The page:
KENNEWICK—Attorney General Bob Ferguson yesterday secured the first derelict vessel conviction in Benton County. The defendant, Brandon Traner, will serve 20 days in jail and pay restitution for abandoning a derelict fishing trawler in the Columbia River.
Traner, owner of the M/V Forus, pleaded guilty to the two charged offenses:
- Abandoning a Derelict Vessel; and
- Discharge of Polluting Matters into State Waters.
Traner was sentenced to 20 days jail, $540 in fines and assessments, and two years on probation. A restitution hearing is scheduled for Sept. 16, 2014, to determine the total amount to be repaid by Traner to the State of Washington.
“Derelict vessels cause substantial environmental damage and cost taxpayers millions of dollars,” Ferguson said. “This conviction sends a strong message: My office will track down environmental criminals and hold them accountable.”
The Attorney General’s Office worked closely with Benton County Prosecutor Andy Miller on this case.
“We are thankful for the Attorney General's success in achieving a just verdict,” said Miller. “Joint efforts like this help keep our rivers clean and safe.”
Defendant arrested in Oregon to face Washington charges
Traner failed to appear for his arraignment on March 21, 2014, and a $2,100 arrest warrant was issued. Authorities contacted Traner in Oregon. He advised them that he planned to “out wait” the efforts to prosecute him and would not return to Washington to face charges.
The AGO responded by moving to increase Traner’s bail to $50,000 and permit his extradition from Oregon. After the AGO’s motion was granted, the AGO worked with the Environmental Protection Agency, Oregon State Police and Washington State Patrol to apprehend Traner outside his Portland home on July 30.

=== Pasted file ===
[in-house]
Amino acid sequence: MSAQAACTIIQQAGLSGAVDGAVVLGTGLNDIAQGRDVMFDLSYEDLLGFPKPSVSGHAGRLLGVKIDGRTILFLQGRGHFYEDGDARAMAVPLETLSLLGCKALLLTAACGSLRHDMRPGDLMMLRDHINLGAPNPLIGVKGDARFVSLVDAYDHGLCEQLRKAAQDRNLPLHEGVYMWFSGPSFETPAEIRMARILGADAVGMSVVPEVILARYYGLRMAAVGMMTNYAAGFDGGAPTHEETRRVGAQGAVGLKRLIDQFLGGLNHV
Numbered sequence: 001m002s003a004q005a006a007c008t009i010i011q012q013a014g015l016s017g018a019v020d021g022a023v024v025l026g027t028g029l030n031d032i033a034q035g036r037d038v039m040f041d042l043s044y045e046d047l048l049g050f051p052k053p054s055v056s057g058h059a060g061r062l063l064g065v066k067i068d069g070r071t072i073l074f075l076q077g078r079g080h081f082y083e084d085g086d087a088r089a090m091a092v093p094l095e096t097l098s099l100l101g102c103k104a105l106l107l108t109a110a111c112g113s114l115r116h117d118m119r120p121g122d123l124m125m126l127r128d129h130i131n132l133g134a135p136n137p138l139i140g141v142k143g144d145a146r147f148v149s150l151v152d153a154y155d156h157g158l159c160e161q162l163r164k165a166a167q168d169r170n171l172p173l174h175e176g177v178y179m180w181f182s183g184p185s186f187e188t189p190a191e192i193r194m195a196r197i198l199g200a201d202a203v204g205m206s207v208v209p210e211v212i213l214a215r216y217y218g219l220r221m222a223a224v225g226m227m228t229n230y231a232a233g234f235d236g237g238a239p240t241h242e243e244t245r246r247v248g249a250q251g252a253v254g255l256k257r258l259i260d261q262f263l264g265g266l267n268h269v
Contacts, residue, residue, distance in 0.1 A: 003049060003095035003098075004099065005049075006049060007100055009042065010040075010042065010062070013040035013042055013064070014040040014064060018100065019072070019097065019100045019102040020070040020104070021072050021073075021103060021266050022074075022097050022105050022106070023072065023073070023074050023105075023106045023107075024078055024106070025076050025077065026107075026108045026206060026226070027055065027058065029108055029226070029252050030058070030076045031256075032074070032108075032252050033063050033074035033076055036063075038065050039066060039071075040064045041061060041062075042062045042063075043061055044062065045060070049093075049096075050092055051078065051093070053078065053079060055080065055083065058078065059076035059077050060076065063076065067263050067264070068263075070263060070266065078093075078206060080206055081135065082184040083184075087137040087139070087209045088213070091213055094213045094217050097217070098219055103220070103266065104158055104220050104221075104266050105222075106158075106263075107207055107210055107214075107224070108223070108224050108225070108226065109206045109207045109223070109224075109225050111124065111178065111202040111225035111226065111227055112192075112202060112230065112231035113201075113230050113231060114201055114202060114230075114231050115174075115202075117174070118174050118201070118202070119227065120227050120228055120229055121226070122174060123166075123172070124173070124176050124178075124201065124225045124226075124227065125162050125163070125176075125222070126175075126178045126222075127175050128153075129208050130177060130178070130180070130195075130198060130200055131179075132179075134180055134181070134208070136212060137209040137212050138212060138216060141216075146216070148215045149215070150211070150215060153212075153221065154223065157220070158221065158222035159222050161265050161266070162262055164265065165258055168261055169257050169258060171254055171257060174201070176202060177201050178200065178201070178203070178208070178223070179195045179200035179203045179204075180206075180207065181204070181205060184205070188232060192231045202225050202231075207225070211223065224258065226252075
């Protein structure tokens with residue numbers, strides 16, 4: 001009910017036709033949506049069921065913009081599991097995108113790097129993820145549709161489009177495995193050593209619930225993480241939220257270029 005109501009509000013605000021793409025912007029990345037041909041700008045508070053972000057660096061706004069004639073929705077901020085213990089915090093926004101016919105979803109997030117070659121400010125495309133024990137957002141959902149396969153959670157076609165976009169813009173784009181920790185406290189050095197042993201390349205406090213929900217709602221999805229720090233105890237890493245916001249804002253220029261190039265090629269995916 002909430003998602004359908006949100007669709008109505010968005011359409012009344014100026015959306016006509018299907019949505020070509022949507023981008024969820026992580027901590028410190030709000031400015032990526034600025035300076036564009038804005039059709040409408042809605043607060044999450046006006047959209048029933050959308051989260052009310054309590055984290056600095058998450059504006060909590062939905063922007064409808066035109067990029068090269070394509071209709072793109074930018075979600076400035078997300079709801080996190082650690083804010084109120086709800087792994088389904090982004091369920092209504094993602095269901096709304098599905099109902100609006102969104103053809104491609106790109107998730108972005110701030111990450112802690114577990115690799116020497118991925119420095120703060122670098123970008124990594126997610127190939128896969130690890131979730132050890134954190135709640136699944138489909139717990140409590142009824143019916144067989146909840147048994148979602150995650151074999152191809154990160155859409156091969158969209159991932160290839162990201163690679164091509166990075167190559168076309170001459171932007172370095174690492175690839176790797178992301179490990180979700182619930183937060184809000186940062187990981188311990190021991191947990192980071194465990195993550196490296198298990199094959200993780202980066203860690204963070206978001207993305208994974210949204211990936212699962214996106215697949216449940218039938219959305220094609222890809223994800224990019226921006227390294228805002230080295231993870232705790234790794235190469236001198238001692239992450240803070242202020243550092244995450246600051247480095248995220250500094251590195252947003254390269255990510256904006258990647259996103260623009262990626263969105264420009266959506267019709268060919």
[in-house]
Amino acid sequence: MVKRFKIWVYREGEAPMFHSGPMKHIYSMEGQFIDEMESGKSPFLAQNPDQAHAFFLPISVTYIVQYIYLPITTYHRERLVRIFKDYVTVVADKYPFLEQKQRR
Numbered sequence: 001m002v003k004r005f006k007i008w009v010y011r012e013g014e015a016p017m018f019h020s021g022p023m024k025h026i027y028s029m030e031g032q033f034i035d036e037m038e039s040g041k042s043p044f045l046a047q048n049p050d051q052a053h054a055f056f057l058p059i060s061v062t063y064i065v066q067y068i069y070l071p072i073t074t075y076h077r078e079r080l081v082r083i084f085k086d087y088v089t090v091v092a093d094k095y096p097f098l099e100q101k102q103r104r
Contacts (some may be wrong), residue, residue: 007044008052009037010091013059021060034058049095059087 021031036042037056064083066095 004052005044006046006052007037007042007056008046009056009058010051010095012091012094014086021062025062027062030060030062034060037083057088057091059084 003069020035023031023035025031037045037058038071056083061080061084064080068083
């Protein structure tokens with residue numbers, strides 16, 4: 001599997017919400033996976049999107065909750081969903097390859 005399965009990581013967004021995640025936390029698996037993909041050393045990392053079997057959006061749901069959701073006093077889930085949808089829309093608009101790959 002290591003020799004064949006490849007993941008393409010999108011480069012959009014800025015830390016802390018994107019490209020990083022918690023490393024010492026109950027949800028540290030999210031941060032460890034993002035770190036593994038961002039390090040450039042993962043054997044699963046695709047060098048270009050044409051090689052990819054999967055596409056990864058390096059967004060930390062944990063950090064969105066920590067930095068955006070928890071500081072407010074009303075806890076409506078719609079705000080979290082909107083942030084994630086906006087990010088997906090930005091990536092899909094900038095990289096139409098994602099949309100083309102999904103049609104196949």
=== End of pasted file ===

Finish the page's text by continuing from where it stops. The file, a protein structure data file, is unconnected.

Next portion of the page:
Traner made his first court appearance yesterday afternoon from the Benton County Jail, and pleaded guilty to both charges.
Background on the derelict vessel, M/V Forus
Traner was evicted from the Columbia Marine Center in Pasco in July 2013. According to the state’s affidavit of probable cause, Traner asked his friend, Lyle Aylett, to pilot the Forus to the Hat Rock Marina in Oregon. Aylett told the investigator the vessel soon began taking on water in the middle of the navigation channel, forcing him to abandon it and swim to safety.
The Forus sank in the middle of the Columbia River in approximately 40 feet of water. The vessel reportedly carried 50 gallons of diesel and 8 gallons of motor and hydraulic oils. Court documents state the masts posed a threat to passing barges and vessels in that well-trafficked area.
Due to difficulties in lifting the vessel from the bottom of the river, it took more than a month to remove the Forus from the river. The removal effort prevented the potential release of an additional 159 gallons of fuel. The Forus was then taken to the Port of Pasco for storage until it was eventually dismantled and sent for disposal.
The state has spent more than $100,000 in cleanup and recovery costs.
Ferguson has made prosecuting environmental crimes a priority of his administration. He filed charges against the owners of two other derelict vessels in late January: the Helena Star of Pierce County and the Chickamauga of Kitsap County. Both leaked hundreds of gallons of fuel into Puget Sound with expected clean-up costs to exceed $1 million.
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